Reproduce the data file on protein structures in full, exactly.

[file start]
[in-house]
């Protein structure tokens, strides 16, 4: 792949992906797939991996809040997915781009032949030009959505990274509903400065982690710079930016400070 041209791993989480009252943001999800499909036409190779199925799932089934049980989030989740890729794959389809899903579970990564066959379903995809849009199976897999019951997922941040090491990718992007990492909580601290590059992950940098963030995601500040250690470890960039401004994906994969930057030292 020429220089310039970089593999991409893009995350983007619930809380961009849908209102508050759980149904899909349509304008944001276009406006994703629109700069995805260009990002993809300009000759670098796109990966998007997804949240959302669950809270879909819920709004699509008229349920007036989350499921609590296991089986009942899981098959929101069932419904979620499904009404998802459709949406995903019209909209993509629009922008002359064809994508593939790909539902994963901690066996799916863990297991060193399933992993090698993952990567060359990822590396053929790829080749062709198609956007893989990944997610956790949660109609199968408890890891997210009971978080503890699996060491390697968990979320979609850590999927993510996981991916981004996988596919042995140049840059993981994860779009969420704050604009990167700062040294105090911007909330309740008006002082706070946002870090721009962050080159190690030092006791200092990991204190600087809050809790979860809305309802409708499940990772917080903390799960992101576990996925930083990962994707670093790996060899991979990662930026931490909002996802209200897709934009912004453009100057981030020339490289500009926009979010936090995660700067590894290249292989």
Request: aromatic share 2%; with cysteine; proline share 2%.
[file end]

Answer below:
[in-house]
């Protein structure tokens, strides 16, 4: 792949992906797939991996809040997915781009032949030009959505990274509903400065982690710079930016400070 041209791993989480009252943001999800499909036409190779199925799932089934049980989030989740890729794959389809899903579970990564066959379903995809849009199976897999019951997922941040090491990718992007990492909580601290590059992950940098963030995601500040250690470890960039401004994906994969930057030292 020429220089310039970089593999991409893009995350983007619930809380961009849908209102508050759980149904899909349509304008944001276009406006994703629109700069995805260009990002993809300009000759670098796109990966998007997804949240959302669950809270879909819920709004699509008229349920007036989350499921609590296991089986009942899981098959929101069932419904979620499904009404998802459709949406995903019209909209993509629009922008002359064809994508593939790909539902994963901690066996799916863990297991060193399933992993090698993952990567060359990822590396053929790829080749062709198609956007893989990944997610956790949660109609199968408890890891997210009971978080503890699996060491390697968990979320979609850590999927993510996981991916981004996988596919042995140049840059993981994860779009969420704050604009990167700062040294105090911007909330309740008006002082706070946002870090721009962050080159190690030092006791200092990991204190600087809050809790979860809305309802409708499940990772917080903390799960992101576990996925930083990962994707670093790996060899991979990662930026931490909002996802209200897709934009912004453009100057981030020339490289500009926009979010936090995660700067590894290249292989």
Request: aromatic share 2%; with cysteine; proline share 2%.